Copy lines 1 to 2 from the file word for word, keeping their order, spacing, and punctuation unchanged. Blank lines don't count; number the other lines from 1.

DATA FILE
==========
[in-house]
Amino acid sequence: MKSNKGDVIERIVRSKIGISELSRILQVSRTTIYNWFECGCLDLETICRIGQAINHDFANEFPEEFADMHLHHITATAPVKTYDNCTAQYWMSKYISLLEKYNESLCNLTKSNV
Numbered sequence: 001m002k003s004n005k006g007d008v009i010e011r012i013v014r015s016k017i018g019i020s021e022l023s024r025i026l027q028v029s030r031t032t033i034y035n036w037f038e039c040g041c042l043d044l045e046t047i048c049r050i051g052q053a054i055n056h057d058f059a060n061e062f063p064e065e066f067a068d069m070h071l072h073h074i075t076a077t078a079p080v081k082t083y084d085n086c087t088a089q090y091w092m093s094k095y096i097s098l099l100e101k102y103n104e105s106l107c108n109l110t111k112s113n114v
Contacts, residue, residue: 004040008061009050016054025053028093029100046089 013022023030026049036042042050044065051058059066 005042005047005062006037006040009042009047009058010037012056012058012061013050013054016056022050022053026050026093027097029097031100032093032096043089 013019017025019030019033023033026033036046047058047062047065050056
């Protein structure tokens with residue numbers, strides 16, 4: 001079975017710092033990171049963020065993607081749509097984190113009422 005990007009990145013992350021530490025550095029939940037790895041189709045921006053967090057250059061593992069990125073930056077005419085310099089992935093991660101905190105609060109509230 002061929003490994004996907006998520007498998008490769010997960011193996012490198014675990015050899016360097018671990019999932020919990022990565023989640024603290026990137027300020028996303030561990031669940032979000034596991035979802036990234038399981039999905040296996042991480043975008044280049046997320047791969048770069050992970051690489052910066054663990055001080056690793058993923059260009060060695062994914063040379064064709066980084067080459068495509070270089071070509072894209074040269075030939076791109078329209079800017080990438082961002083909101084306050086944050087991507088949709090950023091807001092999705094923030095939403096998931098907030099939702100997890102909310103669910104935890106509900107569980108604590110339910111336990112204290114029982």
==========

[in-house]
Amino acid sequence: MKSNKGDVIERIVRSKIGISELSRILQVSRTTIYNWFECGCLDLETICRIGQAINHDFANEFPEEFADMHLHHITATAPVKTYDNCTAQYWMSKYISLLEKYNESLCNLTKSNV